So you could have a right flank that entrenches and stands their ground, a center flank of line infantry that conducts a feint, and a left flank of elite guards that conducts a counter punch to enemy troops caught in the feint, each with the perfect commander to accentuate the tactics. As an added bit of Napoleonic immersion, it tracks the number of enemy flags captured for each brigade, which had an deep impact on troop morale.

The possibilities are endliess and no two armies are alike. Unlike every other Paradox game that isn't Hearts of Iron, this game's combat isn't a simple matter of just shoving two doom stacks into one giant province, watching floating numbers for a few seconds, and the other one scurrying off. It's about creating highly customised and unique armies commanded by countless possible commanders in order to give yourself a tactical edge. Combat is deep, nuanced, constant, and satisfying.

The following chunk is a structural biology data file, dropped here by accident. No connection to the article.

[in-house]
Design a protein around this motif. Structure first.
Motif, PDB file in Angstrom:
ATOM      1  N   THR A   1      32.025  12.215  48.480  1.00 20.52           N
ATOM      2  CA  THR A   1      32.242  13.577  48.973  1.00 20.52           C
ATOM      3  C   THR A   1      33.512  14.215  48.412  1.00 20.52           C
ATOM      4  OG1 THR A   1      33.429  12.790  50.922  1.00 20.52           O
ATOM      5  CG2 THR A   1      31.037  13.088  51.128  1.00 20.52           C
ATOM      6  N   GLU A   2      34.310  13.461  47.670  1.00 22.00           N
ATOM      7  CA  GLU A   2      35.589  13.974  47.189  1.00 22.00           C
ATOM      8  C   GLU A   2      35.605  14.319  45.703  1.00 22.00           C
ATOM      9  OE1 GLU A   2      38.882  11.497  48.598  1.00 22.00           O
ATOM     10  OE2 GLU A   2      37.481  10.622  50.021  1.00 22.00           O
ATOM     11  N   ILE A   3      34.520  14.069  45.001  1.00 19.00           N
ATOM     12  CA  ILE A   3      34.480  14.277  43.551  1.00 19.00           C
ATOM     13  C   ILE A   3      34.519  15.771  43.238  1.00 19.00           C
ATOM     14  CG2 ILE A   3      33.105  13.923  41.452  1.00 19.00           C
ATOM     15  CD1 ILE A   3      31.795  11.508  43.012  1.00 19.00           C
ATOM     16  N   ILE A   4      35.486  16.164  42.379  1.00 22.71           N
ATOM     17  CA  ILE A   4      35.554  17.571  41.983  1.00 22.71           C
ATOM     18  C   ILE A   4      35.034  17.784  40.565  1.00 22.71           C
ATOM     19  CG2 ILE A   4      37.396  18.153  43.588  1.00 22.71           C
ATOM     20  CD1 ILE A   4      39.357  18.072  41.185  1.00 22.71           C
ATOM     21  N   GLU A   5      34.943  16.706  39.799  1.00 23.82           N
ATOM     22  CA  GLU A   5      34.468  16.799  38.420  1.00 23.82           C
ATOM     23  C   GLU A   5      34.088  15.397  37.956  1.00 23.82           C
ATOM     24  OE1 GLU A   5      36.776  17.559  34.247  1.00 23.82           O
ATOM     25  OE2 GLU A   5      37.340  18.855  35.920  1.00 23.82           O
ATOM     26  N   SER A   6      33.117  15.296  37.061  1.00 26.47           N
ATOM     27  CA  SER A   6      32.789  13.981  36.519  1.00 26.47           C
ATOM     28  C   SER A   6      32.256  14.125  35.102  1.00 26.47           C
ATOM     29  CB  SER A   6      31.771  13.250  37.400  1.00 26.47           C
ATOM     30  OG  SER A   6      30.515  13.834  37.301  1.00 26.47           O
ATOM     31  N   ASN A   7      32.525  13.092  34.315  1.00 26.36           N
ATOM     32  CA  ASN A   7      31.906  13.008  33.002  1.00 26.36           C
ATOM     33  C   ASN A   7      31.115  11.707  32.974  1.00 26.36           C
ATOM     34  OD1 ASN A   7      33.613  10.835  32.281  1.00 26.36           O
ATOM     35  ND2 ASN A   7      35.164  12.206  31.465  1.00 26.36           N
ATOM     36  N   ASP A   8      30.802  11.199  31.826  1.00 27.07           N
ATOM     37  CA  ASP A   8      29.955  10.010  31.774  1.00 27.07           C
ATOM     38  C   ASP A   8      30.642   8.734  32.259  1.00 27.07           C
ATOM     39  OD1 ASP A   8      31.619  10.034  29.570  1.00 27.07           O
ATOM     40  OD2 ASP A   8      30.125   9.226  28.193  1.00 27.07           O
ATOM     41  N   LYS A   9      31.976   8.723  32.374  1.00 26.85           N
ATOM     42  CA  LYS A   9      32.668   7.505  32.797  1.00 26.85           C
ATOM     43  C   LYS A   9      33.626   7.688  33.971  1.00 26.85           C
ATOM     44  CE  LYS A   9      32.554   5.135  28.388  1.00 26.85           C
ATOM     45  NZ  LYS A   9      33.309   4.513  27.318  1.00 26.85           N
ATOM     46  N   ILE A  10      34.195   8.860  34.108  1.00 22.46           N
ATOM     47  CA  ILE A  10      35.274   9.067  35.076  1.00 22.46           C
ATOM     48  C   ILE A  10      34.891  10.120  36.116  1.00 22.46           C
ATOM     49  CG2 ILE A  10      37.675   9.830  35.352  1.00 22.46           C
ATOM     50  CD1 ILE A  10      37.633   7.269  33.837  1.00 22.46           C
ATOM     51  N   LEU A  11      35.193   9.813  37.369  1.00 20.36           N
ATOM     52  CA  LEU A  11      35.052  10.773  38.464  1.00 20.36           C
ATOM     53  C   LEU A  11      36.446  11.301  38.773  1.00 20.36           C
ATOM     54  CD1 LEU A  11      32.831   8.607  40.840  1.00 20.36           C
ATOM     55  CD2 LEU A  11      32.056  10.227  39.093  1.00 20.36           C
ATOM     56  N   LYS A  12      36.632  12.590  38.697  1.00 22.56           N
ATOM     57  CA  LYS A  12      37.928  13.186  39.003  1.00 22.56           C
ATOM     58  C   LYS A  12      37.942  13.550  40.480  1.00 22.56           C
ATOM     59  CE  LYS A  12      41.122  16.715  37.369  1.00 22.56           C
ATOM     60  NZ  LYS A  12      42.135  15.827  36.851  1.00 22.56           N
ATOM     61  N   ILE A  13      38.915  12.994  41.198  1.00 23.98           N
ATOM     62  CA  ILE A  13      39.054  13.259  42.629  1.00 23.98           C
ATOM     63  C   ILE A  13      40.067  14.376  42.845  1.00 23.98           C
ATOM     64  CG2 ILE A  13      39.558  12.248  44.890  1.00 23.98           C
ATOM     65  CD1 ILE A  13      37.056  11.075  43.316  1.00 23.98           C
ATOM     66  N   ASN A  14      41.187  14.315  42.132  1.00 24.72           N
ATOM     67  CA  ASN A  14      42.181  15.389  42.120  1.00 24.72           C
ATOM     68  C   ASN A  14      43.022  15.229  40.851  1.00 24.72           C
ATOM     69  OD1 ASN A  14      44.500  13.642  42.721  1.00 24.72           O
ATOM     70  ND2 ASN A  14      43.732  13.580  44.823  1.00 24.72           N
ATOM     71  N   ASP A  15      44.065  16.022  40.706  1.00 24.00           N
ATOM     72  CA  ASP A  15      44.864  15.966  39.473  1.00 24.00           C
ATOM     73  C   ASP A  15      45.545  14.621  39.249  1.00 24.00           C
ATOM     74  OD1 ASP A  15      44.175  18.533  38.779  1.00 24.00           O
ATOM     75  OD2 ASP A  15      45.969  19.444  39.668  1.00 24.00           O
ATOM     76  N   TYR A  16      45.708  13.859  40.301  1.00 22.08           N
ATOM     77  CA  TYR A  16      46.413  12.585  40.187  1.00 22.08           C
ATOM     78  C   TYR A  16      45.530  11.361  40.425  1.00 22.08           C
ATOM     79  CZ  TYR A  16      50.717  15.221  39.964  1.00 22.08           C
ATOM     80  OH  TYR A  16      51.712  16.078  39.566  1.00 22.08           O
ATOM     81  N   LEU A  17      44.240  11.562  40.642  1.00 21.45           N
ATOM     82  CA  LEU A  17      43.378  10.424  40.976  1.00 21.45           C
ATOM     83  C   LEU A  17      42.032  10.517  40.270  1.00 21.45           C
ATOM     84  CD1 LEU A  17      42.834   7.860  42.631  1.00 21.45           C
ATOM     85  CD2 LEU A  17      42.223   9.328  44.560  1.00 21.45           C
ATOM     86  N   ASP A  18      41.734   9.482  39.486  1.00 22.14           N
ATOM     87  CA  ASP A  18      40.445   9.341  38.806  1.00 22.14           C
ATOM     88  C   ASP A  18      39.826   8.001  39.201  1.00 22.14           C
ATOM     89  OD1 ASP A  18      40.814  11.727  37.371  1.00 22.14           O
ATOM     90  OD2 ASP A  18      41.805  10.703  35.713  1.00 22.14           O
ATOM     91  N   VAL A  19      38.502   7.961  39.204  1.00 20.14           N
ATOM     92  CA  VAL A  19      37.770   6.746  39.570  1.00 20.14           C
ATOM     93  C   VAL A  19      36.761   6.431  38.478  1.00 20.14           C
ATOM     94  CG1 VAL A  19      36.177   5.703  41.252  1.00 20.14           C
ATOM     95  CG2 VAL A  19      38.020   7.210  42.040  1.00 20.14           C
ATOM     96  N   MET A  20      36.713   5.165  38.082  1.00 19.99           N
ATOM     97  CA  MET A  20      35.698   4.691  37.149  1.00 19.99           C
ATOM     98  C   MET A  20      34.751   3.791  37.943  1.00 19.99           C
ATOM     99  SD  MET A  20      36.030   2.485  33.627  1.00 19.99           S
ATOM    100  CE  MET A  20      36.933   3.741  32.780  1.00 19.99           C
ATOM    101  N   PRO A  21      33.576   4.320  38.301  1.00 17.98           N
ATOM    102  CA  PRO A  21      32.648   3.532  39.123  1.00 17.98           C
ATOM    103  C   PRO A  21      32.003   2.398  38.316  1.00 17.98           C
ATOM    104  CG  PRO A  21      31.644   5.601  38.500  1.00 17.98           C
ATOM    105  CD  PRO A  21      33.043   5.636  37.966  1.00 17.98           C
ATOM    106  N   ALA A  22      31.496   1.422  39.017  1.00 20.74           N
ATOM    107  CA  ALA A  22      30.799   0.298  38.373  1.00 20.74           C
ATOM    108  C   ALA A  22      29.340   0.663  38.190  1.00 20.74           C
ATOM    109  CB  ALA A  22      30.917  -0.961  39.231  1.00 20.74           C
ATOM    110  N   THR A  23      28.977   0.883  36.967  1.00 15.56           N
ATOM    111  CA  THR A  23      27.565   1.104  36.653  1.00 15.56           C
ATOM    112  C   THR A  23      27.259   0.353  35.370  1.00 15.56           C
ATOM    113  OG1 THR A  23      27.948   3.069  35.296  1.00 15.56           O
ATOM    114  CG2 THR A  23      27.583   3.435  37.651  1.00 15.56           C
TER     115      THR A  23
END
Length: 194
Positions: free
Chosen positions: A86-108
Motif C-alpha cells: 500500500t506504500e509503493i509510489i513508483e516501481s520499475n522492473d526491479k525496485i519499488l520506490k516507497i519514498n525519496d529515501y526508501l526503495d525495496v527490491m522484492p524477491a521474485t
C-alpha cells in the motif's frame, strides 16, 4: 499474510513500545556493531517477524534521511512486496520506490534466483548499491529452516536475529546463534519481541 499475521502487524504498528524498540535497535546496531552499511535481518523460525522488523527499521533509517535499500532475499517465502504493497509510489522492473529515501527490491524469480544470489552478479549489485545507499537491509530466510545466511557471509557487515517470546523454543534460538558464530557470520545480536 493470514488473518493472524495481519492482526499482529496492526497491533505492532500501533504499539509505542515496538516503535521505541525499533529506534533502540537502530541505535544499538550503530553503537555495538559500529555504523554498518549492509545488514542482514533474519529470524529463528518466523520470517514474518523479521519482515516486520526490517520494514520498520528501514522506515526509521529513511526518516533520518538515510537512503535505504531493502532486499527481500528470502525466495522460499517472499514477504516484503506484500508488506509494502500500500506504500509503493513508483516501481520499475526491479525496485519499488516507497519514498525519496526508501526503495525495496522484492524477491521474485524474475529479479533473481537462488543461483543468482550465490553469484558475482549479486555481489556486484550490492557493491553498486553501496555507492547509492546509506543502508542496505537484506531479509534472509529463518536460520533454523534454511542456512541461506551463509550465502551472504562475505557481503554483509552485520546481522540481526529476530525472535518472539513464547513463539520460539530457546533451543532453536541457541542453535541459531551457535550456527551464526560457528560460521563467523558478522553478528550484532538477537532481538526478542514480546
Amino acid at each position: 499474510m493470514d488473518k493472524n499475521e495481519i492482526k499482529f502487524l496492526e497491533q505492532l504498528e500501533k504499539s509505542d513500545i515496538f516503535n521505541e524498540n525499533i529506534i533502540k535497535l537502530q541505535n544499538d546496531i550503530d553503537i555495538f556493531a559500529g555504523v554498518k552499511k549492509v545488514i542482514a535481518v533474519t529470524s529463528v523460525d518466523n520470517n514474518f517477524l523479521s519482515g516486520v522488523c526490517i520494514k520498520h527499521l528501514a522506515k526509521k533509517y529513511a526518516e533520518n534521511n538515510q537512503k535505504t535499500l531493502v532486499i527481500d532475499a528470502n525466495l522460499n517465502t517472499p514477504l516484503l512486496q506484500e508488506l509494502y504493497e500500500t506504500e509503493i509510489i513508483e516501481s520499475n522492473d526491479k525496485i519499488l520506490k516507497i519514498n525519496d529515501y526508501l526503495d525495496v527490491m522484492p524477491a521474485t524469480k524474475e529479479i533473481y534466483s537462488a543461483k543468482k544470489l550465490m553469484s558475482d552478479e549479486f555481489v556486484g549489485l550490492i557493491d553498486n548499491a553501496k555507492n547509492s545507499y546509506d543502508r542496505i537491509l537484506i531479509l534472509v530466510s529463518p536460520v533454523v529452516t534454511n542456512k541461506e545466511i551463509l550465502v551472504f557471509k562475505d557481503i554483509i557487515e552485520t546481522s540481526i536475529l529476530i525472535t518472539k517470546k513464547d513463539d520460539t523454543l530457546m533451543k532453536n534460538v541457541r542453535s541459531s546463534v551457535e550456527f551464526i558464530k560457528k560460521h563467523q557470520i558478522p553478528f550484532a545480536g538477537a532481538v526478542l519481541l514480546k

Was this review helpful? Yes No Funny
76 of 86 people (88%) found this review helpful
1 person found this review funny
44.7 hrs on record
Posted: March 4, 2014
For fans of the Total War series who like looking at the bigger picture. Or an excellent entry level Paradox Interactive grand strategy game.

When I bought the game I was a complete Paradox Interactive noob but I always liked the idea of their truly-grand strategy games. However, having played the demos for Europa Universalis III and Hearts of Iron II, I was convinced I would never be able to get my head around the complexities of Paradox's games. This all changed with March of the Eagles. The era in which the game is set is right up my street and the scale of the campaign map was like nothing I'd experienced before ('scale' is a relative term here).

People familiar with strategy games will be fimiliar with the basic concepts here. You destroy your enemies and take their land, simple. However, in MotE the immediate gains (land) you make are much smaller than those in other games such as the Total War series. This may sound boring to some but I assure you the opposite is true. Because you have to fight harder for every inch, when you eventually destroy a nation it is all the more satisfying.